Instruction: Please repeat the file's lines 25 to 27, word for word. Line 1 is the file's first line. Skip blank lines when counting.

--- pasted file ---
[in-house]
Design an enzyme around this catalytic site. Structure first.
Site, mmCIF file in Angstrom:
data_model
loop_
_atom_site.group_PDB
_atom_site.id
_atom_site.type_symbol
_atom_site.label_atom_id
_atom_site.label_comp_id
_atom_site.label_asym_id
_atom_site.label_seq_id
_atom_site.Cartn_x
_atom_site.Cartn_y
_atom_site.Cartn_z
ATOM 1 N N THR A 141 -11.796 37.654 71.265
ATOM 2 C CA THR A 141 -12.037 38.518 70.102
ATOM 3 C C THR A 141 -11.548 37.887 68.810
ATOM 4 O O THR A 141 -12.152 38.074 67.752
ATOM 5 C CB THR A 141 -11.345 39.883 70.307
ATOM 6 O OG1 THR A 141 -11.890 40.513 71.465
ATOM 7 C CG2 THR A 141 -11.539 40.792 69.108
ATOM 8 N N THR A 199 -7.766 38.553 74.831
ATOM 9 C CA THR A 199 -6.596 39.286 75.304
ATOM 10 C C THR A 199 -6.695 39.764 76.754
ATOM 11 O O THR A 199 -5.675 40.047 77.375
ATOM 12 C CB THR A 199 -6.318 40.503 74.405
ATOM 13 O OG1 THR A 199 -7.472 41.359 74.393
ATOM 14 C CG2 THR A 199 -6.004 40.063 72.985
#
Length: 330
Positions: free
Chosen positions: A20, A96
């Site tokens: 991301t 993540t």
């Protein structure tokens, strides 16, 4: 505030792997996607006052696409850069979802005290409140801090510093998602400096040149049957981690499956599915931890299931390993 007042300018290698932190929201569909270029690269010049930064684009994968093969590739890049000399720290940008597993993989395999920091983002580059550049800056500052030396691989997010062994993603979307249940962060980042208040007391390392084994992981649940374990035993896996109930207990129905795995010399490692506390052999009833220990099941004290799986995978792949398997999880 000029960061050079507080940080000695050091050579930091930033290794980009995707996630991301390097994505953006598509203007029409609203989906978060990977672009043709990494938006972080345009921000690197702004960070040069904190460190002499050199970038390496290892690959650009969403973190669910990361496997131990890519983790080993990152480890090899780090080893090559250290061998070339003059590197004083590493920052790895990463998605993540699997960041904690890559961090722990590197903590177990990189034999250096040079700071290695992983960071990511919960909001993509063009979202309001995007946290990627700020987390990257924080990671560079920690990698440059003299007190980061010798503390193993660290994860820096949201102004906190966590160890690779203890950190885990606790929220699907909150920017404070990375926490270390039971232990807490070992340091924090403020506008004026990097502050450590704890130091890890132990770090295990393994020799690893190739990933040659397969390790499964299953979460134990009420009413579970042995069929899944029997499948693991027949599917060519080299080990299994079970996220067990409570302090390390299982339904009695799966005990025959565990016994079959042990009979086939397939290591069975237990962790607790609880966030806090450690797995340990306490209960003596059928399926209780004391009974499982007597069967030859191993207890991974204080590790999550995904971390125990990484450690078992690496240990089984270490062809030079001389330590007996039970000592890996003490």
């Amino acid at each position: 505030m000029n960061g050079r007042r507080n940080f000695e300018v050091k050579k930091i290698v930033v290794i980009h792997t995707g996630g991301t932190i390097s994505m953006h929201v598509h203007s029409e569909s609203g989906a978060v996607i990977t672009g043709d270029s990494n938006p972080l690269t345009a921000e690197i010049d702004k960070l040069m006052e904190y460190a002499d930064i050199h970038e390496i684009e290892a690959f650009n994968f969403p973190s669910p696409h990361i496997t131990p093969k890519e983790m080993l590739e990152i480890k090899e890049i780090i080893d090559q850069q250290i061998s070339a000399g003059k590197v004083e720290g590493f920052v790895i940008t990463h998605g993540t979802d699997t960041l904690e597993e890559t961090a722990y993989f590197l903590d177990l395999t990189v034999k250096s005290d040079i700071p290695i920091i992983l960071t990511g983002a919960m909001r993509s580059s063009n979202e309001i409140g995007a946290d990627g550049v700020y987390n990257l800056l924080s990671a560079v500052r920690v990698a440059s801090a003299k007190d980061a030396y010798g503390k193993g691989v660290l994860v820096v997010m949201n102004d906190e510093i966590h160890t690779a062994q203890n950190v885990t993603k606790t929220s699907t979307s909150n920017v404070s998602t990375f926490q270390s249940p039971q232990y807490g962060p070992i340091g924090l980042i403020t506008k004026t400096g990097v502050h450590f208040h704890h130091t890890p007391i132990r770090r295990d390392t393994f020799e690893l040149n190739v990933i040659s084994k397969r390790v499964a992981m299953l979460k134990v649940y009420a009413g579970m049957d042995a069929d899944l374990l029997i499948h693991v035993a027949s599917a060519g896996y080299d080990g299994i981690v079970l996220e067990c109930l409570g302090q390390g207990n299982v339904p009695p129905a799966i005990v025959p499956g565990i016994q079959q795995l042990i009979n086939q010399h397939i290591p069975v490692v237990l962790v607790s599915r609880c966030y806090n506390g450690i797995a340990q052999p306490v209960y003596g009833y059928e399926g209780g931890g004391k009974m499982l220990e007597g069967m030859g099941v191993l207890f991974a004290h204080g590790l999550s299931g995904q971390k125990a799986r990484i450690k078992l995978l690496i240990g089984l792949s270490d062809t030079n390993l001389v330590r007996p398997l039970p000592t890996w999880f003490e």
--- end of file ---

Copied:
ATOM 10 C C THR A 199 -6.695 39.764 76.754
ATOM 11 O O THR A 199 -5.675 40.047 77.375
ATOM 12 C CB THR A 199 -6.318 40.503 74.405